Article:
Sunday, September 20, 2009

Summa Contra Prius


Andrew Sullivan engages in a different form of apologetics:

From this month's Harper's Index: "Chance a U.S. household that owns a Prius also owns an SUV: 1 in 3." Ryan Sager is unsurprised:
It would surprise you, if you didn’t read this blog and already know that we’re constantly calculating the trade-off between being able to see ourselves as good people and the cost of engaging in all that non-advantageous goodness. Already own an SUV? Soothe your conscience with a hybrid. Already own a hybrid? You’ve been good! You deserve that SUV! Welcome to being human.
Sure, I could see that. It's also possible that such people have a Prius for everyday driving --- back and forth to the grocer, back and forth to work, etc. -- and an SUV for rarer situations where a larger, more off-road capable vehicle is needed -- when snow and ice are thick on the ground, for the camping trip in which you're carrying extra people and cargo, etc.

The latter hypothesis drops the armchair psychological twaddle and replaces it the admittedly dicey assumption that some people actually match vehicle characteristics with driving need.

Not that I'm against armchair psychologizing. Upon becoming a Prius owner, you soon become a smug asshole aware that you have entered an odd species of socio-philosophical-political argument -- odd for the conversational standards of the USA, I mean -- in which friends, family, neighbors, and even perfect strangers feel the need to argue against the Prius. I wouldn't try to count the number of people who have volunteered their explanation of why they did not buy a Prius the last time they bought a car, and it never sounds like the real explanation -- it's either that the Prius can't possibly meet their demanding off-road driving needs (the USA being so tragically underpaved), or that the Prius is too small for their three-person family (evidently these people are larger than they appear when not seen in my Prius's side mirrors), or that the Prius lacks the safety characteristics they would drive paralyzed in fear without (if we counted up every instance in which crash rating made the top five reasons for choosing car X over car Y in the minds of real-world car buyers, would it exceed the average Civil War veteran's post-war finger count?), or the Prius is actually bad for the environment under one or another exotic calculus (e.g., this or this).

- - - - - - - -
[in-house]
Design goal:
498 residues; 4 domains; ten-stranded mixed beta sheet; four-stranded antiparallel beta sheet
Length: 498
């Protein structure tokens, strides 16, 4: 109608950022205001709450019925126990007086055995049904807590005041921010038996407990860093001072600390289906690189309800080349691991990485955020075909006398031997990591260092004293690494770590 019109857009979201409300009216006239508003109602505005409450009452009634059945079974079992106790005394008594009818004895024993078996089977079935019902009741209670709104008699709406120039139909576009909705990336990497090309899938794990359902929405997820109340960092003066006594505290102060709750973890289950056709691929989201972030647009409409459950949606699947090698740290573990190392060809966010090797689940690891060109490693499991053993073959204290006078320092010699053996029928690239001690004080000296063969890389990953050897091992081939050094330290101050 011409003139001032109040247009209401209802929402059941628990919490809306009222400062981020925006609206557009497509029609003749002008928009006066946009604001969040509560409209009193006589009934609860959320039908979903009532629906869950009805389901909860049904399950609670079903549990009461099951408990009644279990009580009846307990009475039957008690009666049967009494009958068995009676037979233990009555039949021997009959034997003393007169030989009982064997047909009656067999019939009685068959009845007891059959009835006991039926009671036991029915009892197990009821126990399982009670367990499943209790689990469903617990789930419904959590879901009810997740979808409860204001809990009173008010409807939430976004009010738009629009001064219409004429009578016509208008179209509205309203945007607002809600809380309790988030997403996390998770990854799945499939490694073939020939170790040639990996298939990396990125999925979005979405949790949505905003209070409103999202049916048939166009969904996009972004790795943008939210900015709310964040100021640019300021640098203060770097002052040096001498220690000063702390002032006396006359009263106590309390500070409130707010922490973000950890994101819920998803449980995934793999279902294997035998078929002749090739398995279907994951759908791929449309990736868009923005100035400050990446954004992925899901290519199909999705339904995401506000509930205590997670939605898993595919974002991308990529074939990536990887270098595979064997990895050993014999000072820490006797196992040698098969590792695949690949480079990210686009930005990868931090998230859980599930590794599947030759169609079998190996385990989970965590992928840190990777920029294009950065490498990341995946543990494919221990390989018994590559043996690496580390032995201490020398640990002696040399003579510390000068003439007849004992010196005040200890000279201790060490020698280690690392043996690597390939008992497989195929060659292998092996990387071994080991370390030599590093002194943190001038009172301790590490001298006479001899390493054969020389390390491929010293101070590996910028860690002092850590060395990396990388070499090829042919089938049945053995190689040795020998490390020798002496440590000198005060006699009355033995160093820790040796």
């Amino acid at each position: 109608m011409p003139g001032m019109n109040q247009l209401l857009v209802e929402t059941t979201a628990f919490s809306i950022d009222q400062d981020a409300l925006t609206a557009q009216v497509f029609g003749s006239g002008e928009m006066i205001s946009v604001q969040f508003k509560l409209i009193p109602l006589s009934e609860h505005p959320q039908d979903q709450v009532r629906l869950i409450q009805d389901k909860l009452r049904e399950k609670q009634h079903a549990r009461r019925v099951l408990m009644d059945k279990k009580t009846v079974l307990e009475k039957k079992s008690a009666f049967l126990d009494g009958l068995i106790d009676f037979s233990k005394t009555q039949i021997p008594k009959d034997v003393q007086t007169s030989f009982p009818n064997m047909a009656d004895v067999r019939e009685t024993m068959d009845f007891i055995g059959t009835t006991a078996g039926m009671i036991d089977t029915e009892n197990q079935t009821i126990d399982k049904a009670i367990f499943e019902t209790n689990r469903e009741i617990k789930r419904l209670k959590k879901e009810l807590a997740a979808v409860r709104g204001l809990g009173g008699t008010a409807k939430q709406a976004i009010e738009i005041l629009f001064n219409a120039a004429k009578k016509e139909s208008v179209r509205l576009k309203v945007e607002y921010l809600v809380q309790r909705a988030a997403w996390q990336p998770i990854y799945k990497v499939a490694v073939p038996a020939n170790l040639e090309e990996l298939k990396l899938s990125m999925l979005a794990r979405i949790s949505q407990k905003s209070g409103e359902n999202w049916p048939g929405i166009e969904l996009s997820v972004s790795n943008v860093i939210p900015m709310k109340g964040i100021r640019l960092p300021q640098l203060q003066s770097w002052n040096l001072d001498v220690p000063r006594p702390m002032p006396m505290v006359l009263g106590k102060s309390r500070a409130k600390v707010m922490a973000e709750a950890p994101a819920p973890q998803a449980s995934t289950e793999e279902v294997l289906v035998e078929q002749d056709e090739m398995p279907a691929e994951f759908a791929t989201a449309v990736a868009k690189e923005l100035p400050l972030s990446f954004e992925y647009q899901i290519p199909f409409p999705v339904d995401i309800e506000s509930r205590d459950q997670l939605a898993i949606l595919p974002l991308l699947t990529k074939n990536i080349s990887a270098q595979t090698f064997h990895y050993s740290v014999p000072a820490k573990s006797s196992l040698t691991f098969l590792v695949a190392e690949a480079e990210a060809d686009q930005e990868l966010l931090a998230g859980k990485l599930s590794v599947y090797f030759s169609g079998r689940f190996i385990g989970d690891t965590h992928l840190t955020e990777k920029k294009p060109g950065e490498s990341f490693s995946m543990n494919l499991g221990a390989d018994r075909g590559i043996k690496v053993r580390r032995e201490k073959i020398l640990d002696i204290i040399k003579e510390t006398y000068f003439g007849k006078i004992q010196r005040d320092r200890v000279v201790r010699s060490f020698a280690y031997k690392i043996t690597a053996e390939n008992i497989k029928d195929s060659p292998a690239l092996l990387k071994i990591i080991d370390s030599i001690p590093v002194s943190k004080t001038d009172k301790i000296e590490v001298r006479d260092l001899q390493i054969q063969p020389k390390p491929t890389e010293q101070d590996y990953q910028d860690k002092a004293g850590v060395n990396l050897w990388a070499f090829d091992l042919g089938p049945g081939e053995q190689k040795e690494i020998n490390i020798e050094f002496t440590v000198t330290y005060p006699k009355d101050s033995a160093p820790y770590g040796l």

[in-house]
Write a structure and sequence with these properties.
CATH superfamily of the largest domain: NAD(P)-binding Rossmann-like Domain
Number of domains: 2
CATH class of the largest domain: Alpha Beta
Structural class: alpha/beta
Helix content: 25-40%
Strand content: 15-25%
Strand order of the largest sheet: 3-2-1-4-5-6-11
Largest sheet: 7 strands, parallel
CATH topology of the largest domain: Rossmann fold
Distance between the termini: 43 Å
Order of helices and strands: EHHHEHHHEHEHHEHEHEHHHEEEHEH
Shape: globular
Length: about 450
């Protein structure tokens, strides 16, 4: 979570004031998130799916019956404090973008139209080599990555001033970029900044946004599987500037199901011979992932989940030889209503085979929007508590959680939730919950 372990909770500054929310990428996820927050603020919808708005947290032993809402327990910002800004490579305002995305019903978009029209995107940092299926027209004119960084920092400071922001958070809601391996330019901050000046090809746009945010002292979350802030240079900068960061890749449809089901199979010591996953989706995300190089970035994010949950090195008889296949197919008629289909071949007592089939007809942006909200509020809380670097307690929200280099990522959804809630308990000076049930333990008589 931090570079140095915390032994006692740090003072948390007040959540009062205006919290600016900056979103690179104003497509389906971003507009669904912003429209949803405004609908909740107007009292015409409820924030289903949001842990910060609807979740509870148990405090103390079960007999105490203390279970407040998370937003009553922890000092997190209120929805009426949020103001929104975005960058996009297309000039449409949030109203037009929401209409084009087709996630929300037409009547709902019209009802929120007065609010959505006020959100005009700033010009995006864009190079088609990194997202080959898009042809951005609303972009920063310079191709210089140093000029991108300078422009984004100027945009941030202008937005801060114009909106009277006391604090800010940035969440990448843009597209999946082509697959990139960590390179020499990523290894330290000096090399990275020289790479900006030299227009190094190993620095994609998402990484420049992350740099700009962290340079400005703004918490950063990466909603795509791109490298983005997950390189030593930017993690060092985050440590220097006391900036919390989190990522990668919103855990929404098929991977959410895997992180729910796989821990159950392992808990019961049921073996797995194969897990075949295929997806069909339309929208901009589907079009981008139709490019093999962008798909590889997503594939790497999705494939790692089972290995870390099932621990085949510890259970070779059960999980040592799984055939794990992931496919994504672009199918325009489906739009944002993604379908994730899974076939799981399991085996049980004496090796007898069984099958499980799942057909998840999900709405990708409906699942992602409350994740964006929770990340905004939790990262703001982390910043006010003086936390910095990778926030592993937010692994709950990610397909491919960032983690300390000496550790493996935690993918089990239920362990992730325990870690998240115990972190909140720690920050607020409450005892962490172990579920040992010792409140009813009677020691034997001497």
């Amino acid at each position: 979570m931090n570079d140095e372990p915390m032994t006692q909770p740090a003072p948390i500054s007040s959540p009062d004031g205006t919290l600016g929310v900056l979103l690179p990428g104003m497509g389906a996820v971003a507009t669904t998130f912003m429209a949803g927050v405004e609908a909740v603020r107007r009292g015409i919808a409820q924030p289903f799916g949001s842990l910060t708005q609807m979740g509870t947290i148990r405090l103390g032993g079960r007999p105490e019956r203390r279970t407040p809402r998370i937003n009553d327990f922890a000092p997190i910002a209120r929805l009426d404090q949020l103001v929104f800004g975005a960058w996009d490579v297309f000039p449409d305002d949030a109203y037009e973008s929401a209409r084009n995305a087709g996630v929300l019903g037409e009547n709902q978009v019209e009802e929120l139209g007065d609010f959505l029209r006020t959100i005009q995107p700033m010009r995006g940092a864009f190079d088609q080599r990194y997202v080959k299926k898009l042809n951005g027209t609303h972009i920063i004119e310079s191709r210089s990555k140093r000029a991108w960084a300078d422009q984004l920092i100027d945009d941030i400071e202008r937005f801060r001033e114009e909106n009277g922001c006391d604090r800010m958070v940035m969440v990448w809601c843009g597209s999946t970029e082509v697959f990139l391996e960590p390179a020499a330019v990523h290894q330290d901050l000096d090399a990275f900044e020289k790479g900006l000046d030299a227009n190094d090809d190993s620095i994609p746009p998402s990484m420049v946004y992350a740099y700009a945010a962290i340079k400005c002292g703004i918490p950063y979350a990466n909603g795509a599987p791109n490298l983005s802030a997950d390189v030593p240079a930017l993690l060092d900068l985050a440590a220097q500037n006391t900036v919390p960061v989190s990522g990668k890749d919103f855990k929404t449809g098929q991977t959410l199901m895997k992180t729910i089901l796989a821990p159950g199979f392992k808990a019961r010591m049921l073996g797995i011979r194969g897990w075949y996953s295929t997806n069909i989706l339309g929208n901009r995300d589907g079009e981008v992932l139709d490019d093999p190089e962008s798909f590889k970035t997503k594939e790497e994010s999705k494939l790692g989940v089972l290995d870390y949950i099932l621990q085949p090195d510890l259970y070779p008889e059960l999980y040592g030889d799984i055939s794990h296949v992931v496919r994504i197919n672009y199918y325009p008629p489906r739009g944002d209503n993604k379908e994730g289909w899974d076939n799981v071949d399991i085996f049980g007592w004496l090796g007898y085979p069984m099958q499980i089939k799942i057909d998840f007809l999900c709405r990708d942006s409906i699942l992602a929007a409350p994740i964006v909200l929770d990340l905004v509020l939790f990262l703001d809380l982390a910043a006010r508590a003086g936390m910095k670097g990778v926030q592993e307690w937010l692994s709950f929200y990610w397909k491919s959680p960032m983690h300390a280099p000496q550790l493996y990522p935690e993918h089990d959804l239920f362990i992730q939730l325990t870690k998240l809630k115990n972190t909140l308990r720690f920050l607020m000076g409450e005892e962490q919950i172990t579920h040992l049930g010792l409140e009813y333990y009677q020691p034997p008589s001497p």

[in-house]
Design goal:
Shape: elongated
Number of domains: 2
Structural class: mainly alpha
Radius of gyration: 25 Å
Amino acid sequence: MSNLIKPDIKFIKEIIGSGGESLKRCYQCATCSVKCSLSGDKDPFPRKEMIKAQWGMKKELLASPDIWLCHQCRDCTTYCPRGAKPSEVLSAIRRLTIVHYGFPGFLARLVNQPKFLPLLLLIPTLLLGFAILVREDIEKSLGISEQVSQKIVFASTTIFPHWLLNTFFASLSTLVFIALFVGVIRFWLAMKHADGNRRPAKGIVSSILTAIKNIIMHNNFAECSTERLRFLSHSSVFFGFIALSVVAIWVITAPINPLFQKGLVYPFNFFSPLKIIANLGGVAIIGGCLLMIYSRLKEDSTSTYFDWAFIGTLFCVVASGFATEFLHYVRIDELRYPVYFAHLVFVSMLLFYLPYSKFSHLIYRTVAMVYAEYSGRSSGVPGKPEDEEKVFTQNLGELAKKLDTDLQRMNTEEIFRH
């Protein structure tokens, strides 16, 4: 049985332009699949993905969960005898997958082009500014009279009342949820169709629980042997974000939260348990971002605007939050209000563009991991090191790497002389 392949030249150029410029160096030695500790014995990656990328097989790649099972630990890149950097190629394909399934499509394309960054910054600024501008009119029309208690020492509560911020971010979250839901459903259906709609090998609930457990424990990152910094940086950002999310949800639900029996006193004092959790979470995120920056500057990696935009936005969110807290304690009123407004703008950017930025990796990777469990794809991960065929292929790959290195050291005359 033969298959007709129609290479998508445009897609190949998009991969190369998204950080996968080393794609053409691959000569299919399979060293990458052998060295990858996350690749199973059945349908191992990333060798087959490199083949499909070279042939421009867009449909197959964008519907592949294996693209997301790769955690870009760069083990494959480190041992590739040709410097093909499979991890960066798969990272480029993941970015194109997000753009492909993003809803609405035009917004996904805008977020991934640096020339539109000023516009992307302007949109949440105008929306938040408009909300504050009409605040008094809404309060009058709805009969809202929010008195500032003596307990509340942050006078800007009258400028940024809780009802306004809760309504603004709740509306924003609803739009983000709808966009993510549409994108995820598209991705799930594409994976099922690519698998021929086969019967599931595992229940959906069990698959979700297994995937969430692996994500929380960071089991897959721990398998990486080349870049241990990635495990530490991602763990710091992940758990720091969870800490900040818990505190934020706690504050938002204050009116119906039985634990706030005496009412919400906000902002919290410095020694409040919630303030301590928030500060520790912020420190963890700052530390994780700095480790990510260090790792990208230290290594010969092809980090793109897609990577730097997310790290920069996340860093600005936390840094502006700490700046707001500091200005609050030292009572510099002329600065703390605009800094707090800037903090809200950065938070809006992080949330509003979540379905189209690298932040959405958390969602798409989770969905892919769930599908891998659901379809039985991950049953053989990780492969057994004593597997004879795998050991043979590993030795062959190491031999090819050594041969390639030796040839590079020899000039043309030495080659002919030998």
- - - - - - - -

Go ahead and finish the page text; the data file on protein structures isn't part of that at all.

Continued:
And, therefore, for these reasons and similar reasons, they bought a Dodge Avenger or an Acura TSX instead. Their hands were tied.

Look, if you recently purchased a vehicle but it's not one of the most fuel-efficient models currently available for the kind of vehicle you need, you are chucking excess carbon into the atmosphere needlessly. Maybe you don't care. Maybe you care but not very much; maybe performance, style, status, or something else outranks your concern for carbon emissions. Fair enough. It's a free country, but I wouldn't be a smug asshole playing what I take to be my proper role in this Prius vs. Anti-Prius argument if I didn't say that your children and grandchildren will be ashamed of you.

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